Troy Duncan grew up knowing he would be in the Navy, become a cook, and eventually go to culinary school. But in 8th grade, when he envisioned his life, he didn’t know he would also have a career sailing with Military Sealift Command (MSC).
To achieve his dreams, Duncan joined the Navy in 1981. He reported to the USS Kitty Hawk at age 19. Looking up at the vessel 5,000 other sailors called home, he asked himself, “What did I do?” Duncan recovered from his initial pangs of doubt and pushed himself. After four years aboard ships, he went on shore duty. Once there, “[I] worked 12 hours at night, went to chef school for 7 hours, got 1 hour with my family, and three hours of sleep for a year and a half.” The dedication and lack of sleep paid off though when he graduated as a chef. At that point he was again able to balance his career in the Navy, and nurture his relationships with his family.
In the Navy, Duncan learned many valuable lessons in the service, one of which was how to lead well, “I treat people very well, and I get more work out of them because I am treating them the way they want to be treated.” It was a lesson he employed throughout his remaining years in the Navy, working as a Mess Management Specialist First Class until he reached his 20 years of service and then retired.
After Duncan retired from the Navy in 2001, he continued to serve people by managing kitchens in restaurants and cafeterias. After a time however, he began looking into other employment options with better pay and benefits. He had his choice in positions and was weighing a career with the National Oceanic and Atmospheric Administration (NOAA) or one with MSC. This wasn’t the first time Duncan had considered employment with MSC. “When I was a sailor in the Navy, MSC would give us fuel and food, and I thought about joining them in the early 80s, but then I met my wife and we had children. So I put that kinda on a back burner…”
Though NOAA was a good career opportunity, Duncan turned the position down in favor of MSC. There were two reasons: pay and paperwork. Also, with his children grown, the reticence about leaving his young family while sailing was no longer an impediment. He explained one major reason he went with MSC was because of the similarities between the Command and service in the Navy. Making the transition felt familiar and the MSC paperwork process helped streamline applying.
When Duncan began to sail with MSC his military experience qualified him to come in as a chief steward, the caveat being he had to be an E7, which he was not. Instead, Duncan began as Assistant Cook, and quickly rose to a higher position. “The only way I could get into MSC was to take the lowest job…but the last four years I have sailed more as higher ranking cooks temporarily more than I did for the position I was hired to do…I was still an Assistant Cook, but because of all of my training, [MSC] knows how I can perform and all of my knowledge, so they didn’t have a problem sailing me out as a higher rank.” For consecutive missions over the past four years, Duncan has sailed as temporary Chief Steward on the USNS Big Horn and temporary Chief Cook on the USS Mount Whitney were the ship won the 2016 David M. Cook food Service Excellence Award. In May of 2016, he got his permanent assignment to sail as a Steward Cook on the hospital ship USNS Comfort. This fast ascension is indicative of the drive that propelled him in the Navy he explained, “Navy people can’t stand being stagnant. We can’t stay in the same position.” But he may make an exception.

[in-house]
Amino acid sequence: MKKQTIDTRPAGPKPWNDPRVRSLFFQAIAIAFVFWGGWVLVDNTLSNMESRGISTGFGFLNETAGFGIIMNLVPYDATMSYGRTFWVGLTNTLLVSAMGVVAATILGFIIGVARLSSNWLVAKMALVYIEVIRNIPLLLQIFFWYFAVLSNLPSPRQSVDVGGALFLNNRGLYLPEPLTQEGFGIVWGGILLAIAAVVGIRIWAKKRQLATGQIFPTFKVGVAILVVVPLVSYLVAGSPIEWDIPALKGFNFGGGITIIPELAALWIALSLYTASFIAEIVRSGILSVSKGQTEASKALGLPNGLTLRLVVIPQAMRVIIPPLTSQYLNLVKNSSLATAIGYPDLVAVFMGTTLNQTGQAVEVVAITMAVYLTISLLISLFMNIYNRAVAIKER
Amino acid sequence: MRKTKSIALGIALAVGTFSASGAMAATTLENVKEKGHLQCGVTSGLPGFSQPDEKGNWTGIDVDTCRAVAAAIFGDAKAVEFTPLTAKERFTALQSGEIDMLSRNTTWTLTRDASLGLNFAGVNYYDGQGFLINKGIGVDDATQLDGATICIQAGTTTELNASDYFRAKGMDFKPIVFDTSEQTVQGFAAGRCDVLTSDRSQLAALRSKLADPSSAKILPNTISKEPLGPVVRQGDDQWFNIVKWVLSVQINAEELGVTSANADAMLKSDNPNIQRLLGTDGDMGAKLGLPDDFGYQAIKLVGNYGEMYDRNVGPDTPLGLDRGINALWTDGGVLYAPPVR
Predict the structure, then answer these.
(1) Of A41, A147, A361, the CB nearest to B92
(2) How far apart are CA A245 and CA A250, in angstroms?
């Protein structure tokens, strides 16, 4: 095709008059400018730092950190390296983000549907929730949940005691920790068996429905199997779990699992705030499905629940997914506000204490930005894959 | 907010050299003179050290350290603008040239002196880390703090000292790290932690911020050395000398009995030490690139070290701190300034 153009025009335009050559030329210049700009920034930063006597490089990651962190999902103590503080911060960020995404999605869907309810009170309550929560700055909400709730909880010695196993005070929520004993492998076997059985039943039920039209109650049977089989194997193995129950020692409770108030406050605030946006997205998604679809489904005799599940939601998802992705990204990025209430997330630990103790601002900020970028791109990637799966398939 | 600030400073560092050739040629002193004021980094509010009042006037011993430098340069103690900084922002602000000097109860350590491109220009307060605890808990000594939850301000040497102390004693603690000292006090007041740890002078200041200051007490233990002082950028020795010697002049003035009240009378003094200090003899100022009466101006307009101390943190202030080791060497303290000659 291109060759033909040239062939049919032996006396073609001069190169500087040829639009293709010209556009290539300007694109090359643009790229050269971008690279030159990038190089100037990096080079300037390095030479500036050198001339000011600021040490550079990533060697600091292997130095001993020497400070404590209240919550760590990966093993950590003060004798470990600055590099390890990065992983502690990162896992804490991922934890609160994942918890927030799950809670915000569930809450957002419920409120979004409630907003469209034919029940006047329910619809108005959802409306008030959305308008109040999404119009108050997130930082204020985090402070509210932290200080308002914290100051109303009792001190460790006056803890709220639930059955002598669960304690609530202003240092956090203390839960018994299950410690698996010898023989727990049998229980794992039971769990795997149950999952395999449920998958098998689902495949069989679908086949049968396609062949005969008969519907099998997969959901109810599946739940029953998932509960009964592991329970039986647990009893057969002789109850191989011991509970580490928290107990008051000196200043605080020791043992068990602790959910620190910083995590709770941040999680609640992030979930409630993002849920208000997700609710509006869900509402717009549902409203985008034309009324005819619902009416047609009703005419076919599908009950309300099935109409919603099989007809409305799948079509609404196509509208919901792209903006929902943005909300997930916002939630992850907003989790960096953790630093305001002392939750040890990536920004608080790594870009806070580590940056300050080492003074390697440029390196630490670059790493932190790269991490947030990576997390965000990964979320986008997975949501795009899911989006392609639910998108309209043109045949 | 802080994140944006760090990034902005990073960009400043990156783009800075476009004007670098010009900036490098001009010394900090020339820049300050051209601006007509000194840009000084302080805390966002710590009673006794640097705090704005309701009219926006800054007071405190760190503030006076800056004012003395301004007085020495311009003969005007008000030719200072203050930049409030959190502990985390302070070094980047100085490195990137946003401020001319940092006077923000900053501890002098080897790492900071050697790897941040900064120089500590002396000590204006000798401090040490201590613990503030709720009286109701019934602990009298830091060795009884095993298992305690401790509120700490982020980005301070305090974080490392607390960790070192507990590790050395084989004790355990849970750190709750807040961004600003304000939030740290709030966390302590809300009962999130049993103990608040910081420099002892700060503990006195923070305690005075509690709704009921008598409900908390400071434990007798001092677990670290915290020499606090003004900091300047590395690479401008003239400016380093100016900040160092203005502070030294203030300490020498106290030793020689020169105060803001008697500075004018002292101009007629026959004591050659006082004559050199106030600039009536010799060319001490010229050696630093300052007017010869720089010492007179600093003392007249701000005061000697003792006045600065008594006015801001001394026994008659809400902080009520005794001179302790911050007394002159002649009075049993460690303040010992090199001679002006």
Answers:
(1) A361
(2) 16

Steward Cook may be the position Duncan sticks with for the rest of his time sailing for MSC. Steward Cook is a position he loves, and it has the benefit of keeping him closer to home and to his wife. Most Steward Cooks stay on either of the coasts, whereas if he went on to make Chief Steward, he would sail all over the world. Given the choice, Duncan says, “I think I’ll stay here at Steward Cook.”
Duncan has created an atmosphere of service and care for the ships he sails on. He believes strongly that every meal and every interaction with people on board matters. “Our job is to make people on the other side of the line have a good experience. 80% of your job is customer service and the other 20% is to make sure you have good food. If you don’t have great customer service, they won’t care if you have good food or not, people aren’t going to come.” Because service is his top priority, Duncan trains his crew to treat everyone well to reinforce a positive culture onboard. “They’ve always said in the military and [at MSC] we set the tone of the day,” he explains. Serving meals all day, every day Duncan leads by example. He emphasizes the need for kindness and respect for others in the kitchen and while serving meals.
Duncan has also set himself apart to the leadership of MSC. Recently he received a call from the head of food service asking him to compete for the Captain David M. Cook Food Service Excellence Award, MSC’s competition for food service, which is comparable to the Navy’s Captain Edward F. Ney Memorial Award. The competition ranks inventory, quality of food, mariner satisfaction, cleanliness, etc. Competing is a huge undertaking and a huge honor to the winner.
In addition to anticipating the upcoming competition, Duncan is also looking forward to building a home with his wife in Tennessee. In the coming years, they hope to live there together when Duncan is not sailing. This will help him achieve the quiet that he craves, but until their home is built they will live in their home in Chesapeake, Virginia.
Duncan is content to continue sailing and heading to the fantail. “That’s the hard part [on land and at work], just getting somewhere you can be by yourself with your own thoughts. That’s why I like going out to sea.”